Masumiyet (Innocence, 1997) is a cut in Turkish film: it slices from past to present in Turkish cinema; it severs the audience from its expectations; it carves through the lives and loves of its characters, and bleeds. The film is a carefully rendered tale of unrequited love and a haunting past that reveals the mute nature of the ambiguous present. The past dwells in the present, and the present seeks its past not only through the characters’ lives but also through the director’s appropriation of Turkish classical melodrama and self-reflexive filmmaking. Innocence is Zeki Demirkubuz’s second feature, and the genesis of his most recent film, Kader (Destiny, 2006), a prequel that transforms the viewing of its original almost a decade later. Innocence is a turning point not only for its exceptional actors and the skillful storytelling that evokes mid-1990s melodrama, but also in the way that it attempts to rethink and misplace the tradition of melodrama and spectatorship in and outside the film’s world. Instead of settling its characters and audience in a predestined life that epitomizes the structure of classical melodrama, Innocence leaves them incomplete and unsettled.
The film starts with Yusuf (Guven Kirac) in prison, on the day of his release. The warden reads his letter that says Yusuf has “no place to go.” Reading of the letter and discussing the rationality of this request are interrupted by a door that opens and closes repeatedly. This motif of doors that will not close is a device the filmmaker uses in succeeding films with varying functions. Here, it reveals framed and multiple realities; it serves as the crack in the boundary between exteriors and interiors—between the unsettling rules of the external world and the characters that have long since lost their ease. As Yusuf steps into his new life in a hotel where he will meet Bekir (Haluk Bilginer) and Ugur (Derya Alabora), we are introduced to a world of other people like him who have “no place to go,” who sit in the lobbies of cheap hotels and watch old Turkish melodramas on TV. The lobbies are like courtyards of non-places, of no belonging. The old films in the background set a fictional past for these people who live in a timeless and circular present. For twenty years, Bekir follows Ugur wherever she goes, while Ugur follows her often-jailed lover wherever he goes, in a never ending circle that is destined to continue as Yusuf slowly finds his place in this order.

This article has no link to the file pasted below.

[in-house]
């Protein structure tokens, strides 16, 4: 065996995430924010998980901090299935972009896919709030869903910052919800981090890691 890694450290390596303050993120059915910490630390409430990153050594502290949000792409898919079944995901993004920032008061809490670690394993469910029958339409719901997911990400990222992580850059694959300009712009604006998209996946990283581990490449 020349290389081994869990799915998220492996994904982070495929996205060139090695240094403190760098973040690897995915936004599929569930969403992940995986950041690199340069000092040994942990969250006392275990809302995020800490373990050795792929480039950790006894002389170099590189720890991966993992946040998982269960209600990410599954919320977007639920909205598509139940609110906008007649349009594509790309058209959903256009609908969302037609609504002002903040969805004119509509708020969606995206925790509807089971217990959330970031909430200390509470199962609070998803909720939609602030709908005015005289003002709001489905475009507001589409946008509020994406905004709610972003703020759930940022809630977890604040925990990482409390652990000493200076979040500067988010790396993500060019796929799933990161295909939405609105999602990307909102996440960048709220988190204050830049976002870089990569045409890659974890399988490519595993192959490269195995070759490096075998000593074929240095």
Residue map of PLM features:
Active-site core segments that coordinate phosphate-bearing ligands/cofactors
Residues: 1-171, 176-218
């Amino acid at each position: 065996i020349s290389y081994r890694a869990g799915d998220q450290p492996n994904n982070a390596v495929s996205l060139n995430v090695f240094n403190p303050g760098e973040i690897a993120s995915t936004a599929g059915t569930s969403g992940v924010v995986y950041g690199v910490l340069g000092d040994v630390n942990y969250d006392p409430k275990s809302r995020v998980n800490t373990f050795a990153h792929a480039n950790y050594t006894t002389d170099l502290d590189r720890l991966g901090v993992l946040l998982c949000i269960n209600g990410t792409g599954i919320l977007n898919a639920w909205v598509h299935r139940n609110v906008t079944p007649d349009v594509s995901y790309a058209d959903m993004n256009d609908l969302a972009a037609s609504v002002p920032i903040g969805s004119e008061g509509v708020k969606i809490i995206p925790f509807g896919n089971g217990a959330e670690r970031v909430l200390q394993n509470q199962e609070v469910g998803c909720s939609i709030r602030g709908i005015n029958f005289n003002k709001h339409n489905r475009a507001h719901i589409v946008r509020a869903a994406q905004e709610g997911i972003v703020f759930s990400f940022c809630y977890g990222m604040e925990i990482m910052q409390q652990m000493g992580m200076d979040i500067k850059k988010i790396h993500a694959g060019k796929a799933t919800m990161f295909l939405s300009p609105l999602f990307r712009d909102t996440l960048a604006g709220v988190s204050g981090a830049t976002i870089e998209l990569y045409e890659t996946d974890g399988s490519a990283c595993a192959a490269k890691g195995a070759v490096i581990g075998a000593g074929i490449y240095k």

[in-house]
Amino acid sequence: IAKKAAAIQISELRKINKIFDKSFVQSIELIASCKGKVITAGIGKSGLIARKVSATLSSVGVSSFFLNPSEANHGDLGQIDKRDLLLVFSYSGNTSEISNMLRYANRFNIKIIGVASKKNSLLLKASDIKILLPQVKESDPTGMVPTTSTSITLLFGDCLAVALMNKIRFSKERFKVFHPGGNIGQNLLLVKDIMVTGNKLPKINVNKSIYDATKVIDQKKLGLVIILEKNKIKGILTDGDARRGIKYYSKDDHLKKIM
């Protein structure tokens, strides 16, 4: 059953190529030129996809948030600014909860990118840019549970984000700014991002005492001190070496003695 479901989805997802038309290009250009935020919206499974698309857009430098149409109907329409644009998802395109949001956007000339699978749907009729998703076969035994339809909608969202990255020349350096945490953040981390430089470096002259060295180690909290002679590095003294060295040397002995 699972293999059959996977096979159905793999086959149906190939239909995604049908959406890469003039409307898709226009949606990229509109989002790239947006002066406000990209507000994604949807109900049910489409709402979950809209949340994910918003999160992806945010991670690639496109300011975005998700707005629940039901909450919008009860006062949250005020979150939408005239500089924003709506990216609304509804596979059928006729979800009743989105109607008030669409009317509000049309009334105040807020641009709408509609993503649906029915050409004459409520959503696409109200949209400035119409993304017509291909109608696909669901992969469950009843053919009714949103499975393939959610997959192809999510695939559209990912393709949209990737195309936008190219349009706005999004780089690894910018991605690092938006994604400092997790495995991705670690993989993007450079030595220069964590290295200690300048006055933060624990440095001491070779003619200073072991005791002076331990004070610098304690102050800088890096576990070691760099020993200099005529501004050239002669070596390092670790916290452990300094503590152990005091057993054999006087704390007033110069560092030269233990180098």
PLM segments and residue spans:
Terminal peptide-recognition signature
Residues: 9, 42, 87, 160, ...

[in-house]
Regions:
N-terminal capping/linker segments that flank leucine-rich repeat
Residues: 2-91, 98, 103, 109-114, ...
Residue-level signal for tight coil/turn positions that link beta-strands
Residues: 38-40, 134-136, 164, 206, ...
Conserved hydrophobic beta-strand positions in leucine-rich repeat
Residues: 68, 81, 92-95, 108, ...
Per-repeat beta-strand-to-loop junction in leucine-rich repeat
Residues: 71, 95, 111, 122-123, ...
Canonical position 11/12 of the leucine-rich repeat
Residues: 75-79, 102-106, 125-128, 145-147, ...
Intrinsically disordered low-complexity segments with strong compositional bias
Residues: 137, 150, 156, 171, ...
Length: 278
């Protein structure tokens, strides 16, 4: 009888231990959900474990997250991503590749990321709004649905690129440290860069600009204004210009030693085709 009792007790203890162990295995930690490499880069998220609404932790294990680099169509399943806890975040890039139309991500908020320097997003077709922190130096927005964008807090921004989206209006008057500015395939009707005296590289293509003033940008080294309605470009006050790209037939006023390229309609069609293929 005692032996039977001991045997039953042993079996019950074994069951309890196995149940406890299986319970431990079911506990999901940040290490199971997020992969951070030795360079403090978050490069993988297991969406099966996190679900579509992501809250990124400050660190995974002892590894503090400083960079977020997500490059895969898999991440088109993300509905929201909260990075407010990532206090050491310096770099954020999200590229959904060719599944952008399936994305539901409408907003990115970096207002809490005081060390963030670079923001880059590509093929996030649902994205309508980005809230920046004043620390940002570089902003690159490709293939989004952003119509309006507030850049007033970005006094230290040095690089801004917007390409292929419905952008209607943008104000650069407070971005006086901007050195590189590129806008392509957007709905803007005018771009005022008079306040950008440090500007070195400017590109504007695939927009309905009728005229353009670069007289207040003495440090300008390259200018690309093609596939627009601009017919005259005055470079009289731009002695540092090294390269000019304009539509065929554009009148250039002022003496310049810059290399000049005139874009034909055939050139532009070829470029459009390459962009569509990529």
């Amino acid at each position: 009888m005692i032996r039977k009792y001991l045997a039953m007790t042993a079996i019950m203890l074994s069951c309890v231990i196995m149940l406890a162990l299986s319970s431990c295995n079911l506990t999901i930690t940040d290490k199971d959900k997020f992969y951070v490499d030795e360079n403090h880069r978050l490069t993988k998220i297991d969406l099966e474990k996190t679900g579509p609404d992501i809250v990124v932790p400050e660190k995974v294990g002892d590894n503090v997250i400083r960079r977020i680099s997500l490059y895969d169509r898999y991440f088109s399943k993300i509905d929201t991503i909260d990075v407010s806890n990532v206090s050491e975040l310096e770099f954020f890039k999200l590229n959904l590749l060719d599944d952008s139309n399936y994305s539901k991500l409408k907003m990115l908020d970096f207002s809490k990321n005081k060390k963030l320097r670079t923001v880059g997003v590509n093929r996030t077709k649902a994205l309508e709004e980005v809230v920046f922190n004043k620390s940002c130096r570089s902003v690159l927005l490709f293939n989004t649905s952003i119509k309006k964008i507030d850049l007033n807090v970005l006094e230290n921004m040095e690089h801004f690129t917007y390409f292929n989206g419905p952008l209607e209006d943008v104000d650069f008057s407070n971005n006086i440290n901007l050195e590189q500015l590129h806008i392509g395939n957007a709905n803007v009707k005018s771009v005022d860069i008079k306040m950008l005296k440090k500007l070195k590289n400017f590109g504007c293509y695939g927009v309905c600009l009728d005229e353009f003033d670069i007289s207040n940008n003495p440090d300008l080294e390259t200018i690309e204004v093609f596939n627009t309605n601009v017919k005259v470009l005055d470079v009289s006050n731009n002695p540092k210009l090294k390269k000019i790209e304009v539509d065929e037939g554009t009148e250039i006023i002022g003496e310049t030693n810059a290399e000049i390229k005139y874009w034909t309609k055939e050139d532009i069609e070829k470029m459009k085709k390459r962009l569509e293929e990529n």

The significance of Innocence resides in its believability. Having captured a limited national and international audience, yet highly acclaimed by the critics, the film resists time and becomes a locus that is enriched with Destiny. We keep revisiting this locus: the locus of love, belonging, suffering, and an impossible desire that tears apart the preconceived, predestined pattern of life. Through the cracks of reality, Innocence beckons a quest for truth where truth can only be found in love.